The human microbiome is the population of more than 100 trillion microorganisms that live in our gut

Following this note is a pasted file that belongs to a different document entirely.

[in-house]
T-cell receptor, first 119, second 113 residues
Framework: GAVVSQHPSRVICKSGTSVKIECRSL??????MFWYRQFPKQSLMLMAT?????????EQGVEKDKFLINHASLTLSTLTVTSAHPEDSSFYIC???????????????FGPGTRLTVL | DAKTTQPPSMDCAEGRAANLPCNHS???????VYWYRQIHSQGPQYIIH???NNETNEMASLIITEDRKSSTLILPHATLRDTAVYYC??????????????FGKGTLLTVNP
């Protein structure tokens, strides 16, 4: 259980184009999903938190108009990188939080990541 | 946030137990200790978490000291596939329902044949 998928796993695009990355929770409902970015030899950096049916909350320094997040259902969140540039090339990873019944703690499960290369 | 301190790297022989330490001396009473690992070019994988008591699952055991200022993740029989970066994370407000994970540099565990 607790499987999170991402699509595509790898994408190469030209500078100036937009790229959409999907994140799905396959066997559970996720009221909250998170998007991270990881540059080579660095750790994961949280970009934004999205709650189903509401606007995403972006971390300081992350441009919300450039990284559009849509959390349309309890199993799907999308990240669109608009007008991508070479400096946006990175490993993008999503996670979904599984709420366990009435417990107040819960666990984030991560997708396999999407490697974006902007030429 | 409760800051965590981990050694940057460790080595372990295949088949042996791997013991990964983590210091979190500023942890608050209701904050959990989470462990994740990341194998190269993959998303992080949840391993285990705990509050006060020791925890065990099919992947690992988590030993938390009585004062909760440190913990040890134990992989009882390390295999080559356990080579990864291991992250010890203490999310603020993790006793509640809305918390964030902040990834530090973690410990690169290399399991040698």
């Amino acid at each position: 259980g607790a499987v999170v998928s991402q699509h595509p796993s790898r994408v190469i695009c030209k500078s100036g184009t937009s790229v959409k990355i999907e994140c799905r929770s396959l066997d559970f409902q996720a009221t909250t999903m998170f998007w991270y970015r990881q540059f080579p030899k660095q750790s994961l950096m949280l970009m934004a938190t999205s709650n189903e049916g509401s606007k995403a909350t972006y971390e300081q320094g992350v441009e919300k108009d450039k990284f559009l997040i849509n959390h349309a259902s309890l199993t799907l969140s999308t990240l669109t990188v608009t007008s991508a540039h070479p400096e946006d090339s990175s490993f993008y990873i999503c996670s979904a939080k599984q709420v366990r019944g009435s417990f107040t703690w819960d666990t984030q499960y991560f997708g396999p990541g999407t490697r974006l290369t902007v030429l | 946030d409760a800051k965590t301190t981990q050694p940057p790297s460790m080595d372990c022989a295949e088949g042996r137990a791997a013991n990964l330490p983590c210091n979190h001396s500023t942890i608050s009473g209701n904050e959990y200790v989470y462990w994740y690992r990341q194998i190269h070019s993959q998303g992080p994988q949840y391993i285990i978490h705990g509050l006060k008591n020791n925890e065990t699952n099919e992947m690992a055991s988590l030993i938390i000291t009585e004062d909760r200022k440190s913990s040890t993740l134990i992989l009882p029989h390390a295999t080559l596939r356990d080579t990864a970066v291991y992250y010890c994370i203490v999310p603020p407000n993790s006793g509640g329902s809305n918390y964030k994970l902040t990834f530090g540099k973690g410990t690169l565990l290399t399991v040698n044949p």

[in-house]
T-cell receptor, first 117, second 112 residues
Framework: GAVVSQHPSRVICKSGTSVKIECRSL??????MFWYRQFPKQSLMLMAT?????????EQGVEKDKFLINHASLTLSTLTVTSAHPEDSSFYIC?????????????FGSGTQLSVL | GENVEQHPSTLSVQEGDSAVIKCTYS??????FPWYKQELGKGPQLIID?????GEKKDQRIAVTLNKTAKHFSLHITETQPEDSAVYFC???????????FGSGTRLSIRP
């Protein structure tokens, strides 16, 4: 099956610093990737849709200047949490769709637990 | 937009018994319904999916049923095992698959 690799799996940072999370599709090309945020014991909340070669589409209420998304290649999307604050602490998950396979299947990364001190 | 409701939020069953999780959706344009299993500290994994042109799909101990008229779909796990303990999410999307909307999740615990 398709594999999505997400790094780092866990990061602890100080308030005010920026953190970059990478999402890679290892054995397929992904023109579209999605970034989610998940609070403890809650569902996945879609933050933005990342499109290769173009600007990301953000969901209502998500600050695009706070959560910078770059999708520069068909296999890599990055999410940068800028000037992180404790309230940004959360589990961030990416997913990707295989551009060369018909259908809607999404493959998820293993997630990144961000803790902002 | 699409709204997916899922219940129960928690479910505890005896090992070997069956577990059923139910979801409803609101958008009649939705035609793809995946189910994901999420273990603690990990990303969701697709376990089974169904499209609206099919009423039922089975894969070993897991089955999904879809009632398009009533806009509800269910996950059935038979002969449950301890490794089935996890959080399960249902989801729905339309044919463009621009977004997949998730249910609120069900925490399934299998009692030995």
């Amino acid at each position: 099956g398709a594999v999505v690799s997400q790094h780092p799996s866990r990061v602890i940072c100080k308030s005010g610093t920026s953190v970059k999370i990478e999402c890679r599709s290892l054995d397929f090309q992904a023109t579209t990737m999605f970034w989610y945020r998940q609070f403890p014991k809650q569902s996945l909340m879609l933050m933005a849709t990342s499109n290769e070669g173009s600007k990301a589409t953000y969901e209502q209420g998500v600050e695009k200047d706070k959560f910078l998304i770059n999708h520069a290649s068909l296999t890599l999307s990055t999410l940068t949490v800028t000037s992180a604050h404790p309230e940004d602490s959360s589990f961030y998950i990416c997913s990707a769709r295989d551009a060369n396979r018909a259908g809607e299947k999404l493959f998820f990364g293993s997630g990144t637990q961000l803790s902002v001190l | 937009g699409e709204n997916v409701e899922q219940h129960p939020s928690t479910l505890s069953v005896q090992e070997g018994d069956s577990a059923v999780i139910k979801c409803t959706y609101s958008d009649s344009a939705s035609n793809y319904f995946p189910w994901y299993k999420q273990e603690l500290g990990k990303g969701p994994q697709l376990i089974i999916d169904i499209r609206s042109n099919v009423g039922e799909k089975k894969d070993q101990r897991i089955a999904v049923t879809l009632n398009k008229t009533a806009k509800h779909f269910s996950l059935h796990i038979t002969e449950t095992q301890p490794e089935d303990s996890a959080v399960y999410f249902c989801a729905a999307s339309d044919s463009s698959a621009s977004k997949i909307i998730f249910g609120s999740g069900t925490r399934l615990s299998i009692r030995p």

The human microbiome is the population of more than 100 trillion microorganisms that live in our gut, mouth, skin and elsewhere in our bodies. These microbial communities have numerous beneficial functions relevant to supporting life. They are needed to digest food, to prevent disease-causing bacteria from invading the body, to develop and maintain the immune system, and to synthesize essential nutrients and vitamins. According to experiment on mice, the types of lipids mice or animal consume affect the composition of their gut microbiota, which influences whether the animals develop obesity-related inflammation. lipids may influence the abundance of circulating inflammatory microbial factors. Hence, inflammation in white adipose tissue (WAT) induced by dietary lipids may be partly dependent on their interaction with the gut microbiota. Here, we show that mice fed lard for 11 weeks have increased Toll-like receptor (TLR) activation and WAT inflammation and reduced insulin sensitivity compared with mice fed fish oil and that phenotypic differences between the dietary groups can be partly attributed to differences in microbiota composition. Trif?/? and Myd88?/? mice are protected against lard-induced WAT inflammation and impaired insulin sensitivity. Experiments in germ-free mice show that an interaction between gut microbiota and saturated lipids promotes WAT inflammation independent of adiposity. The results indicate that gut microbiota exacerbates metabolic inflammation through TLR signaling upon challenge with a diet rich in saturated lipids. “The type of fat is really important for shaping microbial communities and their functional dynamics,” said Vanessa Leone. (University of Chicago). Consumption of high saturated and trans fat diets is thought to increase the risk of cardiovascular disease through upregulation of blood total- and LDL-cholesterol. On the other hand, health-promoting fats, such as mono and polyunsaturated fats, are crucial in alleviating risk of chronic disease. The typical Western diet is both high in saturated and trans fats while low in mono and polyunsaturated fats, therefore predisposing regular consumers to many health problems. Several human studies have suggested that a high-fat diet increases total anaerobic microflora and counts of Bacteroides. To specifically investigate the effects of different kinds of dietary fat on human gut microbiota, Fava et al. had subjects consume diets of varying fat content. They noted that consumption of a low-fat diet led to increased fecal abundance of Bifidobacterium with concomitant reductions in fasting glucose and total cholesterol, compared to baseline. On the other hand, a high saturated fat diet increased the relative proportion of Faecalibacterium prausnitzii. Finally, subjects with high monounsaturated fat intake did not experience shifts in the relative abundance of any bacterial genera, but did have overall reduced total bacterial load and plasma total- and LDL-cholesterol. In line with these findings, consumption of salmon–which is high in mono and polyunsaturated fats-was not noted to alter fecal microbiota composition. Studies in rats have shown that intake of a high-fat diet results in considerably less Lactobacillus intestinalis and disproportionately more propionate and acetate producing species, including Clostridiales, Bacteroides, and Enterobacteriales. Furthermore, the abundance of Lactobacillus intestinalis is negatively correlated with rat fat mass and body weight 51. Microbial changes have also been shown to control metabolic endotoxemia-induced inflammation in high-fat diet consuming mice. Mouse studies have also compared the differential effects of various lipids on intestinal microflora. A comparison of lard-derived and fish oil-derived lipids revealed that Bacteroidesand Bilophila were increased in lard-fed mice, while Actinobacteria (Bifidobacterium and Adlercreutzia), lactic acid bacteria (Lactobacillus and Streptococcus), and Verrucomicrobia (Akkermansia muciniphila) were increased in fish-oil-fed mice. Furthermore, lard-fed mice had increased systemic TLR activation, white adipose tissue inflammation, and impaired insulin sensitivity compared to mice consuming fish oil. It demonstrated that these findings are at least partly due to differences in gut microbiota between the two groups; transplantation of microbiota from one group to the other after antibiotic administration not only enriched the transplant recipient’s gut with dominant genera from the donor species, but also replicated the donor’s inflammatory and metabolic phenotypes. These results indicate that gut microbiota may promote metabolic inflammation through TLR signaling upon challenge with a diet rich in saturated lipids.